All about SLDs, IEPs, and IDEA
It’s crucial to acknowledge the unique challenges faced by students with Specific Learning Disabilities (SLDs). These challenges can impact a person’s ability to read, write, and perform mathematics for a lifetime. In this blog post, we’ll dive into what SLDs are, explore the concept of an Individualized Education Program (IEP), and shed light on the importance of the Individuals with Disabilities Education Act (IDEA).
So, what are SLDs?
Specific Learning Disabilities, commonly referred to as SLDs or simply LDs, are brain-based disorders that affect an individual’s capacity to excel in certain academic areas and are one of the 13 disability categories under IDEA—more on that below. These disabilities manifest differently but predominantly affect reading, writing, and mathematical skills. Here are some of the most common—but not all— LDs:
- Dyslexia is a well-known learning disability that primarily impacts reading. People with dyslexia struggle with decoding, recognizing, and spelling words accurately. These difficulties persist despite having access to adequate instruction, making fluent reading a struggle.
- Dysgraphia is a learning disability associated with writing. Individuals with dysgraphia may make grammar mistakes, produce writing that lacks structure and clarity, and find it challenging to form letters neatly. This condition can hinder effective communication through written expression.
- Dyscalculia is a learning disability that affects an individual’s mathematical skills. It can hinder basic calculations and present challenges in solving complex math problems, such as word problems and multi-step mathematical tasks.
Individualized Education Programs (IEPs) are pivotal in addressing the unique educational needs of students with disabilities in K-12 education, including those with SLDs. These personalized plans are carefully crafted to ensure that each student receives the necessary instruction, support, and services to thrive in an educational setting.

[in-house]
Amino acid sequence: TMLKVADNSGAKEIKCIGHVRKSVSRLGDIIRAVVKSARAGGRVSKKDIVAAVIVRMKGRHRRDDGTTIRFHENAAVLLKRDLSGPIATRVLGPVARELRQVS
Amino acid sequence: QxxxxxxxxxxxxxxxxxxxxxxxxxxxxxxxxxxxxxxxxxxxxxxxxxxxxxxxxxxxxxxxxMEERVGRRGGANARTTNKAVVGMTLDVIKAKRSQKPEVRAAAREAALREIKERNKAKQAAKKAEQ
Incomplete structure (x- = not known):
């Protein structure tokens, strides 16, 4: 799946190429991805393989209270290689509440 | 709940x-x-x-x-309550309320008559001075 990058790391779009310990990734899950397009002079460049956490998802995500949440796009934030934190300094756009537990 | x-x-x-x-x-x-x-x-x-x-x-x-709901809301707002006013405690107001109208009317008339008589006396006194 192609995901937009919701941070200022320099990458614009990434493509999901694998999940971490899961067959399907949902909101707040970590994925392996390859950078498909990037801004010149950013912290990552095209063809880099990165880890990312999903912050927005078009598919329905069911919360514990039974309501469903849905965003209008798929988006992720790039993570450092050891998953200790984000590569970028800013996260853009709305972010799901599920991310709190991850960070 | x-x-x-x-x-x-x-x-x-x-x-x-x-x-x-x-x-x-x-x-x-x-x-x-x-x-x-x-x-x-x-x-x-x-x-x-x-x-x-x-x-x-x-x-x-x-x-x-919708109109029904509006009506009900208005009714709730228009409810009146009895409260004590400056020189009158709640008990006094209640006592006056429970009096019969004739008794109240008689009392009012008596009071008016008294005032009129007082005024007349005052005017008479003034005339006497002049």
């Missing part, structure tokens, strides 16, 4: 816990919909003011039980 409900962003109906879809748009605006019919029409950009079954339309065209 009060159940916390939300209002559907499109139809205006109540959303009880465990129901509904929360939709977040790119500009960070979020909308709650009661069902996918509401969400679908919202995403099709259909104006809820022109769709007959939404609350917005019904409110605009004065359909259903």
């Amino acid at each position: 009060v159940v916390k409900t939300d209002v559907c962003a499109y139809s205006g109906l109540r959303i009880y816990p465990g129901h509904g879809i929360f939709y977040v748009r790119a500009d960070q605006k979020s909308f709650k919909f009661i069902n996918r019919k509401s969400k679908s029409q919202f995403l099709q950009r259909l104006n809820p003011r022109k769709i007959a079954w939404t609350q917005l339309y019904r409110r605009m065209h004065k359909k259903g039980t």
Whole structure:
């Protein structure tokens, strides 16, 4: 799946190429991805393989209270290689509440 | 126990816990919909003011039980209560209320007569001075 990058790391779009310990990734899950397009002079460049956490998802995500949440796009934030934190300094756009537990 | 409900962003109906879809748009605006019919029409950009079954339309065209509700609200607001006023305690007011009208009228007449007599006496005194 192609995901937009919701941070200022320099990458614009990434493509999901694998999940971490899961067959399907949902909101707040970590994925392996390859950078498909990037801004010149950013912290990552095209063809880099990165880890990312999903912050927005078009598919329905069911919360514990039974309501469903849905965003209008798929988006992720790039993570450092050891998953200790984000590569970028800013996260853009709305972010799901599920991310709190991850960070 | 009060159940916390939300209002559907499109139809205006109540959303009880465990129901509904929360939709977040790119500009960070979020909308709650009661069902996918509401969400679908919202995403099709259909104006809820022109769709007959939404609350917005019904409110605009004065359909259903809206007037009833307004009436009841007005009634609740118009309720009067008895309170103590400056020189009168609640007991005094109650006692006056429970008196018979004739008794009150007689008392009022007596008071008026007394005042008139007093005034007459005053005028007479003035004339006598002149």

- An IEP is a legally binding document that describes the student’s needs and goals—including the services, specialized instruction, accommodations, or modifications that must be provided.
- A school creates an IEP for a student identified with a disability and the required specialized instruction and/or related services to meet their unique needs.
- The Individuals with Disabilities Education Act governs the provision of IEPs. This federal law mandates that eligible students receive the necessary support after a formal identification and evaluation process for one of the 13 disability categories, including a specific learning disability.
Let’s get real about IDEA
The Individuals with Disabilities Education Act (IDEA) is the law that requires schools to provide children with disabilities a free, appropriate public education in the least restrictive setting. Each part of IDEA also receives yearly funding from the federal government, but state and local governments fund the remainder.
IDEA has different parts:
- Part B and its accompanying regulations provide the legal framework for ensuring that the needs of all students with disabilities (including those with learning disabilities) ages 3-21 are met.
- Part C provides early intervention services to children with disabilities from birth through age 2.
- Part D funds competitive grants to support state personnel development, technical assistance and dissemination, technology, and parent training and information centers.
Nearly 50 years ago, Congress passed IDEA, committing to cover 40% of the extra costs per student for educating those with disabilities. Today, Congress provides only around 12% of that funding. What makes this worse is that students with specific learning disabilities make up the largest group among those served by IDEA, comprising approximately 2.45 million out of the 7.2 million children covered by the law.
In conclusion, it is critical to have an understanding of SLDs and the essential rights that students with LD with an IEP and their families have. IDEA is essential for fostering an inclusive and equitable educational environment. By recognizing the unique challenges faced by students with specific learning disabilities and ensuring they receive the tailored support they need, we can pave the way for their academic success and personal growth.